“I’m the son of immigrants, a true American,” stand-up comedian Russ Rivas told me. “My father was Guatemalan, and my mother was a Jew from Poland. That’s an awkward mix of a heritage. I always wanted to hit the piñata, but I was afraid that if I broke it we couldn’t return it to the store.”“It’s my theory that Italians are all descended from Jews and Guatemalans, because everywhere I go, people think I’m an Italian. I can’t even get a table at a restaurant without the hostess seating me with my back to the wall.”
Russ grew up in the south side of Chicago. After high school he proudly served our country for four years as a soldier. After the army he proudly serviced our cars for 12 years as a mechanic. He was his garage’s funny guy, and his coworkers always told him he ought to do stand-up comedy. Unlike most people who are told they ought to do stand-up, Russ actually went and did stand-up at a club. Eighteen months later he was touring the country, and now 27 years later we can’t get rid of him.
“I love being a comedian instead of a mechanic,” said Russ “I still marvel that my fingernails are clean now. Also, if I wasn’t funny, how else could I have married a woman who’s so much prettier than I am? She’s younger than me, too, but we still share a lot in common. I read books, and she colors them. As soon as I get her a green card I’m going to have her do my bookkeeping.”
“When you’ve been doing comedy for as long as I have,” explained Russ, “you’ve got to learn humility. When I was coming up, my dream was always to headline in Vegas. And then, one day, it finally happened for me. I took a limo to the Maxim and paid the driver $20 to take my picture in front of the marquee. It said ‘Russ Rivas’ in big letters. But then I noticed, above my name and in even bigger letters, were the words ‘All You Can Eat Shrimp $14.99.’ That made me appreciate that no matter how far I got, I’d always be second to shrimp. I should have gone into the shrimp business.”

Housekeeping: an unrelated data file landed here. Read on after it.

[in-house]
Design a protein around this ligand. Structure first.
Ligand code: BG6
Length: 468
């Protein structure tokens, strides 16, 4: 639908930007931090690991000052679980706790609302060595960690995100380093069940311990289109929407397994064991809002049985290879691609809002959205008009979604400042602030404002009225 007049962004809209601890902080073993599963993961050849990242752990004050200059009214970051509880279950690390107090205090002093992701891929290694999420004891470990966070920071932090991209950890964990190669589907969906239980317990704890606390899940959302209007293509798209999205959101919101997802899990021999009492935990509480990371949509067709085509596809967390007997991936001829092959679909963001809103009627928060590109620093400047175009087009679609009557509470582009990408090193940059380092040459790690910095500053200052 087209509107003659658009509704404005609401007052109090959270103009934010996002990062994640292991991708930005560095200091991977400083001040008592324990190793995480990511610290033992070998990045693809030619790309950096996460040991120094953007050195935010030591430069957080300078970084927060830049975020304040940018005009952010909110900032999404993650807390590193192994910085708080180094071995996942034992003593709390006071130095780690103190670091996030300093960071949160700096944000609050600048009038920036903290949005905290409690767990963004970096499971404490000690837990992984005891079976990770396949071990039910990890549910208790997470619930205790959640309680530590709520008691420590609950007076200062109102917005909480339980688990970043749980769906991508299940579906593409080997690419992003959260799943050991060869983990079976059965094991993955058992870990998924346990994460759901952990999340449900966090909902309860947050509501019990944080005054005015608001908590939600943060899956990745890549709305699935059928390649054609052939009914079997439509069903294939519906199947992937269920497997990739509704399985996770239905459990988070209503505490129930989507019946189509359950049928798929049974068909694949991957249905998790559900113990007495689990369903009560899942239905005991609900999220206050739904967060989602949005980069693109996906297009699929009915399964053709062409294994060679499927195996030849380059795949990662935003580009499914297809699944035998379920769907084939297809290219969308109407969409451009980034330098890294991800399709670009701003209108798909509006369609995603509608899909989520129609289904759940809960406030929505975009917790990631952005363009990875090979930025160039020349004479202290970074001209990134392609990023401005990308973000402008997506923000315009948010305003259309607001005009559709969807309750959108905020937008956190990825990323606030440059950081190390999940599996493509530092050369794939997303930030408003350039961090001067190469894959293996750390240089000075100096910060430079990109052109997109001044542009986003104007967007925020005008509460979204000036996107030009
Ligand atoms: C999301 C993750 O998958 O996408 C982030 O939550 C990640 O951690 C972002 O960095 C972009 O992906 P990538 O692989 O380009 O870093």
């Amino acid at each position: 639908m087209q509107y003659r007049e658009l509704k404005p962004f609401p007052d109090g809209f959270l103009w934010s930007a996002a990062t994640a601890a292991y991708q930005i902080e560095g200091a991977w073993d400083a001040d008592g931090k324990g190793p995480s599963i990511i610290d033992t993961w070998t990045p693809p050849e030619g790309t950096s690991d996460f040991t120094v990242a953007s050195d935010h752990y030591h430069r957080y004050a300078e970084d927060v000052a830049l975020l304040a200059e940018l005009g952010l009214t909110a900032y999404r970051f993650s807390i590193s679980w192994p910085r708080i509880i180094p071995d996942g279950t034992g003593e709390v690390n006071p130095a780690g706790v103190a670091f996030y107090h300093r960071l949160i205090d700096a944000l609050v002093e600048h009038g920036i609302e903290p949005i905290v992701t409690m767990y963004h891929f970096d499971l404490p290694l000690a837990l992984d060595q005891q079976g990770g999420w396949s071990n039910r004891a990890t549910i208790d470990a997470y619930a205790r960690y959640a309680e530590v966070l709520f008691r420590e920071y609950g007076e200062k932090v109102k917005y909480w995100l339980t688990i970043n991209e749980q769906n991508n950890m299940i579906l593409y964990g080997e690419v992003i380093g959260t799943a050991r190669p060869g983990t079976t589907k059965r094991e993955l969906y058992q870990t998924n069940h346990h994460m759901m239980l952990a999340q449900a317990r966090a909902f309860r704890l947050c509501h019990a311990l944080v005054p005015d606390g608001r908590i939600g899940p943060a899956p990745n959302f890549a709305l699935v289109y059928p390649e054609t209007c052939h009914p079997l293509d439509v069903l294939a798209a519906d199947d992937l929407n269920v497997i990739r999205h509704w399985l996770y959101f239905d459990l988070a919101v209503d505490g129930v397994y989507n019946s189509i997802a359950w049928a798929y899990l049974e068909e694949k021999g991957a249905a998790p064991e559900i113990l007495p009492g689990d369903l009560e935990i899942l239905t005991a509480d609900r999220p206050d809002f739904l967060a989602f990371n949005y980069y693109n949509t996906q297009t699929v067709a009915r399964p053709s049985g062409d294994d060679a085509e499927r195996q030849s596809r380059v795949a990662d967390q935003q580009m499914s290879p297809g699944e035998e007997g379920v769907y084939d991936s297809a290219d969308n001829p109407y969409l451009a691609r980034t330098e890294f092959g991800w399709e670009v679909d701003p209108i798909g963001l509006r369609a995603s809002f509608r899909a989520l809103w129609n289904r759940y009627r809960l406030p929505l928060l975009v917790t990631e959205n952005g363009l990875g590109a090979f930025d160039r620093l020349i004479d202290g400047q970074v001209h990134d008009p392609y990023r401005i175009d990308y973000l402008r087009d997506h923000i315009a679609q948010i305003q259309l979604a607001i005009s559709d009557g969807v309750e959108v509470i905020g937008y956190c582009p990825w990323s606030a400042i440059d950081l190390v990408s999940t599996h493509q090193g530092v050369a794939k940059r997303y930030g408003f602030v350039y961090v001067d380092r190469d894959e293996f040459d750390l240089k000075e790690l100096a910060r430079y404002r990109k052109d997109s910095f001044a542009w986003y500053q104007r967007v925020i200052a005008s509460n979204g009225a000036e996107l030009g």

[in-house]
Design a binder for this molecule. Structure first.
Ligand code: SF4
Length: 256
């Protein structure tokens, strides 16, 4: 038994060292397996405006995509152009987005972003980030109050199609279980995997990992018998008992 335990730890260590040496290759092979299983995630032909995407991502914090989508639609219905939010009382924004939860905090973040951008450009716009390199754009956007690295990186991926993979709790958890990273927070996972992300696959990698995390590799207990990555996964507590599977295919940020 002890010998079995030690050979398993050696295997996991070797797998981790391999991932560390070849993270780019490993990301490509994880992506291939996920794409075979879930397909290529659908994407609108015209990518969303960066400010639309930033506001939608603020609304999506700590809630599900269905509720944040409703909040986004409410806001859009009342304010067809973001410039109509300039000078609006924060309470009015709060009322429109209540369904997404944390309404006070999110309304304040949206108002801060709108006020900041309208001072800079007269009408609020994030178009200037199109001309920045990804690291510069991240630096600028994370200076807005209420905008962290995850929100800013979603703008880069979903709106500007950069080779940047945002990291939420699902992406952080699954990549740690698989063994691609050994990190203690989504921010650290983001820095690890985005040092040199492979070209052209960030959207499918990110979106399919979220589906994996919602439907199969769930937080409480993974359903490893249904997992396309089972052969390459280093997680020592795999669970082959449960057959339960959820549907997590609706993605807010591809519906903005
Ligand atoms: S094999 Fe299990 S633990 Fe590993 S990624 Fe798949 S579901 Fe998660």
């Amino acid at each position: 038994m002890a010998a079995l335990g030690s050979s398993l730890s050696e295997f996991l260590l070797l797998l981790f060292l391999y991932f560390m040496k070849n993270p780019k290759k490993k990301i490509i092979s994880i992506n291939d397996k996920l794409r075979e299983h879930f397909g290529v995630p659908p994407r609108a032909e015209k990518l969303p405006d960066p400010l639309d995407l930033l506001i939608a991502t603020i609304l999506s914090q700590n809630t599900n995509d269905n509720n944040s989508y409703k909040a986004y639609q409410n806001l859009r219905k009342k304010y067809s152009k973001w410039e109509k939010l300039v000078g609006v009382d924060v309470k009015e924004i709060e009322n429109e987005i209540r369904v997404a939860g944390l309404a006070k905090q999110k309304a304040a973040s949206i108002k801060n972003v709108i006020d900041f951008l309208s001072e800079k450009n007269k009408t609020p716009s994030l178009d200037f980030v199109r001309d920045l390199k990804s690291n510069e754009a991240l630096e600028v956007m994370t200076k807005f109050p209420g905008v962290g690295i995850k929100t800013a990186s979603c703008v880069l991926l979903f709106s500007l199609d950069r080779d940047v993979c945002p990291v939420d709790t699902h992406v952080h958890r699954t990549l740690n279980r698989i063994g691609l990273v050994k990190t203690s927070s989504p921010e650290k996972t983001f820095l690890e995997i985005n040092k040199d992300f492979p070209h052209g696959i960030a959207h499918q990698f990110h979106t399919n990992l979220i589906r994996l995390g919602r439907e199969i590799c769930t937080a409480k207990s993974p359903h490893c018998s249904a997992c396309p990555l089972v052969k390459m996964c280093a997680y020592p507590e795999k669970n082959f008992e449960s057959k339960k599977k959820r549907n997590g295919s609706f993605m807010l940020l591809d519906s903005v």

“Rodney Dangerfield gave me a big scare one time,” Russ reminisced. “I was opening for him and his friend in Denver back when they were shooting Ladybugs. His friend was being a real pain in the neck, telling me how to introduce him, how to warm the crowd up for him, poking me in the chest, being rude like that. So when it was time to bring him up on stage, I just nonchalantly said ‘Here’s so-and-so’ and left. That’s the comedian’s equivalent of not tapping gloves before a boxing match. As I was walking off stage, I heard Rodney call out ‘Hey kid, come here’ to me. I figured I was toast, that I’d never work in comedy again. Rodney was the king back then, and I’d just burned his pal. But when I went up to him he said ‘That was good, kid, he had it coming.’”
Russ Rivas is an agent with Comedy Productions in Sioux City, Iowa. If you would like to engage Russ or one of his performers’ unique brands of comedy for your upcoming corporate event, you may reach him by calling (712) 276-3035 or writing to firstname.lastname@example.org.
By David Scheller